How does experience and job mobility determine wage gain in a transition and a non-transition economy? : the case of east and west Germany
"This paper studies individual log real wage change of east and west Germans over the period 1990/91 to 1995/96 using data from the German Socio-economic Panel. Parameters are estimated by median regression. Human capital theory and job mobility theories have implications for wage changes that differ between a transition and a non-transition economy. Wage changes decrease in experience according to human capital theory. But during a transition shock the introduction of new production techniques implies that experienced and inexperienced workers invest similarly in on-the-job training. Hence, annual wage changes do not vary much with experience. The estimation results reflect this difference. Matching and on-the-job search theory imply the following: A higher a worker's experience the higher his/her match quality and in turn the less (more) he/she can gain (lose) from an additional voluntary (involuntary) job change. But a transition shock destroys the high match quality of many experienced workers' jobs, so that wage changes due to voluntary and involuntary job change vary less with experience in a transition country than in a non-transition country. For involuntary job change, I find evidence for this hypothesis. Causal effects of job mobility on wages are estimated by comparing wage changes of this period movers with wage changes of next period movers. The results show that voluntary job changes raise real wages of both east and west Germans; involuntary changes tend to lower real hourly wages." (Author's abstract, IAB-Doku) ((en))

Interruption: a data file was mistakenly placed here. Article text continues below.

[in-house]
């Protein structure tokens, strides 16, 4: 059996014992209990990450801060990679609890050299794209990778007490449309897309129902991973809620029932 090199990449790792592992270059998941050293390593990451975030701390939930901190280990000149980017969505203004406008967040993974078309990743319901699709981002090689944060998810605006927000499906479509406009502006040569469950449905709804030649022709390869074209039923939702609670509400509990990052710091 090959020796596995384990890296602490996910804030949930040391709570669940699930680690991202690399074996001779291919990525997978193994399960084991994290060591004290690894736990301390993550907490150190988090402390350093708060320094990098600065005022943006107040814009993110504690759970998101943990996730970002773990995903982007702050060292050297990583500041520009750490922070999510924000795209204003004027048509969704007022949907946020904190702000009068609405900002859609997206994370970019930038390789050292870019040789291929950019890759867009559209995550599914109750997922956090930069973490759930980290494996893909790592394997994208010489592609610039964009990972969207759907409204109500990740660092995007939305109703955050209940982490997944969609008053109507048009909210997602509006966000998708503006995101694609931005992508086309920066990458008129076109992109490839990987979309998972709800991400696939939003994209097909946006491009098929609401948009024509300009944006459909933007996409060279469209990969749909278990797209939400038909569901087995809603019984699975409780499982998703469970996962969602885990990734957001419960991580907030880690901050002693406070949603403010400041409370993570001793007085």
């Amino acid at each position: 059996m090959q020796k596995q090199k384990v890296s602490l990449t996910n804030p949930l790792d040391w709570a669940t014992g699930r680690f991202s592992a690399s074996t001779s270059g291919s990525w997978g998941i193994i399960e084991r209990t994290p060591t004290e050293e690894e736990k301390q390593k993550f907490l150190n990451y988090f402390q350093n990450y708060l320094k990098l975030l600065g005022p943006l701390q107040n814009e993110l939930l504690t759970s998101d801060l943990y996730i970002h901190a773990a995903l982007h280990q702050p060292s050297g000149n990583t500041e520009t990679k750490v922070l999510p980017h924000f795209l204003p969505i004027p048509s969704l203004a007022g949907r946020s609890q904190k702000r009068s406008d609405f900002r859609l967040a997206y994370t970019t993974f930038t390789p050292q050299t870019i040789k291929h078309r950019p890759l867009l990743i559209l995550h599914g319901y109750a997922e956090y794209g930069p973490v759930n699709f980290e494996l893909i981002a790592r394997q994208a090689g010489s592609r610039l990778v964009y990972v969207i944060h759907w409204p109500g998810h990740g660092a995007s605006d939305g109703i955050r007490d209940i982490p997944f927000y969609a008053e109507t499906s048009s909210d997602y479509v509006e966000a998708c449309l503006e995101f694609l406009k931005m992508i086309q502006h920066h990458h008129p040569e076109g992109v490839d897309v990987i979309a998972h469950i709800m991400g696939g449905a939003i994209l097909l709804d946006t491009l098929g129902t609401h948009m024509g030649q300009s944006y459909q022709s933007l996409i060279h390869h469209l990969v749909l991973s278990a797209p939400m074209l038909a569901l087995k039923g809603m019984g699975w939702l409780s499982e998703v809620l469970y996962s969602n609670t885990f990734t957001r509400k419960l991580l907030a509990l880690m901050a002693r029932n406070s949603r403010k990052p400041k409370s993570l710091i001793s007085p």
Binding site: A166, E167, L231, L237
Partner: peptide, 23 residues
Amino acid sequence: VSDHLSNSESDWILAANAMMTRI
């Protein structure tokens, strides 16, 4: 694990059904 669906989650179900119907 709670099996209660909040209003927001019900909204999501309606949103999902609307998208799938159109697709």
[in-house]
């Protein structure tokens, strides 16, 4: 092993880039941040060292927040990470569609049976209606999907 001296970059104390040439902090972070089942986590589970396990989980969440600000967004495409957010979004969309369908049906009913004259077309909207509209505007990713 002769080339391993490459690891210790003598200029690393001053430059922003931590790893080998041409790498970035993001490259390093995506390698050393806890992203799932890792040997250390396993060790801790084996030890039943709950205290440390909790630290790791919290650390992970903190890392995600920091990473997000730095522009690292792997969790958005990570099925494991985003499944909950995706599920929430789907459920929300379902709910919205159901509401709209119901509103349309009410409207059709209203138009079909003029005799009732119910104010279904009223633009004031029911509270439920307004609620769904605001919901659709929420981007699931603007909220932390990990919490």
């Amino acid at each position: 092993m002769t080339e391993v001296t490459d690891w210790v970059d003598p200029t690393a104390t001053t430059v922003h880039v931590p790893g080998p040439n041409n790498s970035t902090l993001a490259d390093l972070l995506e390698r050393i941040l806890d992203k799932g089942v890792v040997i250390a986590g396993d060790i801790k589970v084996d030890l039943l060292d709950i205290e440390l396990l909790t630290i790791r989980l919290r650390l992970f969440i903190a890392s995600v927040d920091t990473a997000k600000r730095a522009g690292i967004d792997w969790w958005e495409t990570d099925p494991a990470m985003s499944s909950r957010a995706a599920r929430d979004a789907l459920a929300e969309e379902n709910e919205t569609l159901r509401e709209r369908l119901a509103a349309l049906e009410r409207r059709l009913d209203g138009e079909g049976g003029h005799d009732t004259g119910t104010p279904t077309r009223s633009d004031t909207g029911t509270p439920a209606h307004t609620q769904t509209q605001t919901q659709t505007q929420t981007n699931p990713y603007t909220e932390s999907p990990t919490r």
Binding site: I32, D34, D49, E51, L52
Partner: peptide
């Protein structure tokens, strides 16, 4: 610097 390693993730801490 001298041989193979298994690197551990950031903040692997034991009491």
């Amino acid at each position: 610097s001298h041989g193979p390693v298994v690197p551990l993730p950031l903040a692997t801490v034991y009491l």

|Date of creation:||14 Dec 2006|
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